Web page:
Snoring might become a problem. Snoring can affect one-quarter of all pregnant women, especially in the late second and third trimesters. This pregnancy symptom is largely due to congestion (which is relatively common in expecting mothers). Although you can't completely prevent snoring, you may be able to reduce its severity by using a nasal breathe easy strip, sleeping on your left side and propping up your head with pillows.

Tingling and numbness in your hands are signs of Carpal Tunnel Syndrome (CTS), which is a common problem. CTS is caused by swelling and inflammation of the carpal tunnel in your wrist. Symptoms typically begin or get worse in the second trimester, when you start retaining fluid. Carpal tunnel syndrome typically goes away after you have your baby, when the swelling you experienced in pregnancy disappears.

Pregnancy Weight Gain at 25 Weeks

You continue to grow larger this week, as your baby packs on the pounds. Although your baby puts on a bulk of his weight in the third trimester, you are steadily gaining about a pound a week. Your pregnancy weight gain may be around 17 or 18 pounds, if you are a normal-sized woman.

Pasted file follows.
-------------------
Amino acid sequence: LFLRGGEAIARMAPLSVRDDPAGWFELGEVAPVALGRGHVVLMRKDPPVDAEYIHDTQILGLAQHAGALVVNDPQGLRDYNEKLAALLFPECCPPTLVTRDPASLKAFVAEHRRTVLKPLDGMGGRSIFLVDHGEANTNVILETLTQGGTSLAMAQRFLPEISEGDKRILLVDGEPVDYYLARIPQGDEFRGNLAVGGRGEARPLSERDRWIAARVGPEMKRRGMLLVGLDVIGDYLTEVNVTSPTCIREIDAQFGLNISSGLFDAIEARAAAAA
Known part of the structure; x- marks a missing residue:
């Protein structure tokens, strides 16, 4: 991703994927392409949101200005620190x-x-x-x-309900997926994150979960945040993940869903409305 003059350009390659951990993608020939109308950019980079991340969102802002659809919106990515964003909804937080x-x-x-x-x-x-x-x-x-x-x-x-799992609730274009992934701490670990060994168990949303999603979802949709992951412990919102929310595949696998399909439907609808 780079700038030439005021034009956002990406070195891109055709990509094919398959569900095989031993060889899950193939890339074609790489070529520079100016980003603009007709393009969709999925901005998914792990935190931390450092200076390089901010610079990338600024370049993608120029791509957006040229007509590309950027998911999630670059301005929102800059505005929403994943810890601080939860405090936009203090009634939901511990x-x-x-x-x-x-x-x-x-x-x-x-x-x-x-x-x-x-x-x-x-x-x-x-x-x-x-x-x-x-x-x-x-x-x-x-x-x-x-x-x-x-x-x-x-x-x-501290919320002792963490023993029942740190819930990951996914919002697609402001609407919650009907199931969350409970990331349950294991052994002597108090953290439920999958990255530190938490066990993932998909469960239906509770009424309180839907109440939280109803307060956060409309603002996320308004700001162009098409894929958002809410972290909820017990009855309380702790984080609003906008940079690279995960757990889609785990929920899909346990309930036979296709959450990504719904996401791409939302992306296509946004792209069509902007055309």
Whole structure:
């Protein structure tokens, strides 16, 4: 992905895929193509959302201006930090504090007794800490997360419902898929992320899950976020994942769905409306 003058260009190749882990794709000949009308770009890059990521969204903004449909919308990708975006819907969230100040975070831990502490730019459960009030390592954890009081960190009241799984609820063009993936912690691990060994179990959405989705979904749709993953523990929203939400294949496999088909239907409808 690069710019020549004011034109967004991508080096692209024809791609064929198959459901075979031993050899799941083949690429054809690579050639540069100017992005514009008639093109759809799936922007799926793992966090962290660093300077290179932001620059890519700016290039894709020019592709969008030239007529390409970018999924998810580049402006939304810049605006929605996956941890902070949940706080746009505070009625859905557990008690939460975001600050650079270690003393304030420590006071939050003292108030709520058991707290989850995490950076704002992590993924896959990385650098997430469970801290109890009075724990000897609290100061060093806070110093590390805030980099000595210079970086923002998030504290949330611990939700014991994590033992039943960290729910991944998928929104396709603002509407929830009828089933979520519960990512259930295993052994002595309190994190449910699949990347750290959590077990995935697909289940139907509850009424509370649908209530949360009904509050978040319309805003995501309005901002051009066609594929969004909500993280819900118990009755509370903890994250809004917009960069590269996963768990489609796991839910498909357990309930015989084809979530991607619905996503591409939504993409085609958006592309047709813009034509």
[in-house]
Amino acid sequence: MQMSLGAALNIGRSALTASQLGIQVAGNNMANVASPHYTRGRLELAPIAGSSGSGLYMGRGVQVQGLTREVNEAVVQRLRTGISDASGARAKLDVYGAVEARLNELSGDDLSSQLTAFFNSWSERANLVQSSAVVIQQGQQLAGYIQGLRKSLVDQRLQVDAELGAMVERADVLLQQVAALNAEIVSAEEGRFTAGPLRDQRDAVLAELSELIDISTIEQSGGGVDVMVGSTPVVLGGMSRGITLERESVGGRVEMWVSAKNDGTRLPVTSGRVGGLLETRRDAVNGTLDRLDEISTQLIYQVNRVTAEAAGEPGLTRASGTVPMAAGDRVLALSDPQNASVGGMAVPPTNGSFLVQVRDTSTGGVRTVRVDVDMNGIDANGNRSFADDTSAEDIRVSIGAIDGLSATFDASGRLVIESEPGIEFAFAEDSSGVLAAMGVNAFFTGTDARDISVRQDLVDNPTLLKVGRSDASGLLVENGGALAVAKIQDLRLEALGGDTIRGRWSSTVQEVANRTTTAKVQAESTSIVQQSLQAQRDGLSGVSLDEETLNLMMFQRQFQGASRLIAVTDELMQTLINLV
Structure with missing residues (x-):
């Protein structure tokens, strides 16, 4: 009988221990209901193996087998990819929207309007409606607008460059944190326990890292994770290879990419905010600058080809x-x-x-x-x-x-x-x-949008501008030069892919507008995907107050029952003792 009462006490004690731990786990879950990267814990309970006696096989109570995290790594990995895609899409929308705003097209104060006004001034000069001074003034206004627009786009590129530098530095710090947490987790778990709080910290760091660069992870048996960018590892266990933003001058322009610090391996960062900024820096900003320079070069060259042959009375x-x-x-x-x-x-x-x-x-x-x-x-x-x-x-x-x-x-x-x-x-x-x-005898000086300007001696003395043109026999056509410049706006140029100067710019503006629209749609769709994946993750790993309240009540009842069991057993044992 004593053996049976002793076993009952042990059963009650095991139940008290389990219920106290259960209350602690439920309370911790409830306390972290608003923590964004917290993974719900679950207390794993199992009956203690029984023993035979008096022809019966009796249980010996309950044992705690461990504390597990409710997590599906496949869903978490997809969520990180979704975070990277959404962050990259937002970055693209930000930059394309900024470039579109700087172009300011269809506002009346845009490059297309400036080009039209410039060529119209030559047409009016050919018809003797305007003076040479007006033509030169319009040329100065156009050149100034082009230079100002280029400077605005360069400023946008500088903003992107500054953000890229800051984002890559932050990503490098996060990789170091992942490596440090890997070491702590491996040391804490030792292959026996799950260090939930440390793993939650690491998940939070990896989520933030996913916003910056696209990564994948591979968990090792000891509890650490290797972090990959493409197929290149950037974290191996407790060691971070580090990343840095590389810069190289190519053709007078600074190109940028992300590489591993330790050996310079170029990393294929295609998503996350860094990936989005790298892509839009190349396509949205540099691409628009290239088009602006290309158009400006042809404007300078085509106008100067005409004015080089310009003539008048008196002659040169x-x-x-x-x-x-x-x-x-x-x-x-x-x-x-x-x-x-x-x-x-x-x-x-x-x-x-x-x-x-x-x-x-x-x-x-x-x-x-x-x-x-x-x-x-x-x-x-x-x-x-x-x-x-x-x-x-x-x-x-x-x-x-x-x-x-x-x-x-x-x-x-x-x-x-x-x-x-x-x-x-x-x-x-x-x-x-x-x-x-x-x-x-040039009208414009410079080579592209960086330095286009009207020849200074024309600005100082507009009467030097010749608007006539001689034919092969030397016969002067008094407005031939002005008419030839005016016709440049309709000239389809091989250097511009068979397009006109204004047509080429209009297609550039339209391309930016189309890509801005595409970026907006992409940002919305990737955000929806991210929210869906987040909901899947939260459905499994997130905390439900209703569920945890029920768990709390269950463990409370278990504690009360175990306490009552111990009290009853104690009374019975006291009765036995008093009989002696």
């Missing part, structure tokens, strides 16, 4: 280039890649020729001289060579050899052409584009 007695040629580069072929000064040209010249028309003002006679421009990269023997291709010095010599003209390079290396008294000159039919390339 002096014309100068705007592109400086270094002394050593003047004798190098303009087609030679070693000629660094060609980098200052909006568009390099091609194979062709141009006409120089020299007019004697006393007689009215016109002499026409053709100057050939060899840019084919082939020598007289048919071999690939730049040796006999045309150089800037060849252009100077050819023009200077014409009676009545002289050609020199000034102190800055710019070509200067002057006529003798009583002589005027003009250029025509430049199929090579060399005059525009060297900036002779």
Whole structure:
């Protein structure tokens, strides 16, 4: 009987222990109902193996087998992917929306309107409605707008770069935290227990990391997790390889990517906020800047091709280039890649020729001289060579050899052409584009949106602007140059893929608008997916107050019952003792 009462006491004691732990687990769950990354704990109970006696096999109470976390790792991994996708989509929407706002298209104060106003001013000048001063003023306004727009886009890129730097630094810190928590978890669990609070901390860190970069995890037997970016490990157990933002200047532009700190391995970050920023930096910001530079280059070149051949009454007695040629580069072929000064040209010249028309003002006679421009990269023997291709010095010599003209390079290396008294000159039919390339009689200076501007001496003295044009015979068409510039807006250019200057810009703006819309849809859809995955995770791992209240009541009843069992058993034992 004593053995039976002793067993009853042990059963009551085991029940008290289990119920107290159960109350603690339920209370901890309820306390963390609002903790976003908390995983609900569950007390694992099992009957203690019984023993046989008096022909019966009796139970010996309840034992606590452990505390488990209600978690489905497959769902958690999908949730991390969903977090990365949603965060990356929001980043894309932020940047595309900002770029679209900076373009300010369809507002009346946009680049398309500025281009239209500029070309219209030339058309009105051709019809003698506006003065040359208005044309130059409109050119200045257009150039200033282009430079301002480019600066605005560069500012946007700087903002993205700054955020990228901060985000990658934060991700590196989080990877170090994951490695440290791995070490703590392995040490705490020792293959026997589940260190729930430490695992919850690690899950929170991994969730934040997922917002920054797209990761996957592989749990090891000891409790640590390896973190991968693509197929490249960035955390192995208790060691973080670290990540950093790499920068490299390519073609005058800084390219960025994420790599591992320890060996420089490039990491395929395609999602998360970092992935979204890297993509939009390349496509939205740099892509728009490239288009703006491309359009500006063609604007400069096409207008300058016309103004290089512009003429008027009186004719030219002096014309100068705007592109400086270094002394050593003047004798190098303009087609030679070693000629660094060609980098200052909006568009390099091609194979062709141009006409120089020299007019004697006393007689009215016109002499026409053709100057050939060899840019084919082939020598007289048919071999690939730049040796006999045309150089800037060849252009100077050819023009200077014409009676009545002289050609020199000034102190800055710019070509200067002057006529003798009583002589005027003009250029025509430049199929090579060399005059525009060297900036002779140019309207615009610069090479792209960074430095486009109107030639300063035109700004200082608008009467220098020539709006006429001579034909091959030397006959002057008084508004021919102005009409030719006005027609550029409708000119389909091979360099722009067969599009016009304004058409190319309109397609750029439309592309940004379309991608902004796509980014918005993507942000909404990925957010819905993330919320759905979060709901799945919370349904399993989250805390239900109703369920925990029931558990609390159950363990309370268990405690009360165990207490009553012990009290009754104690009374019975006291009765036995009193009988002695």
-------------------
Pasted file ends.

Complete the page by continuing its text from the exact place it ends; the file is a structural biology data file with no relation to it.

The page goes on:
Pregnancy Health Section

Maternity Leave Guidelines

Different companies have different guidelines on maternity leave. Some companies allow their employees to take up to six weeks away from work after the arrival of a new baby. Your company may offer paid maternity leave, or it may offer unpaid leave. Talk to your human resources officer to discuss your individual company's policy.

The Family and Medical Leave Act, allows a pregnant mother or her partner to take up to 12 weeks of leave unpaid in the 12-month period following the birth of their baby. The law states that the employer must reinstate you to the same job or an equivalent job upon your return to work.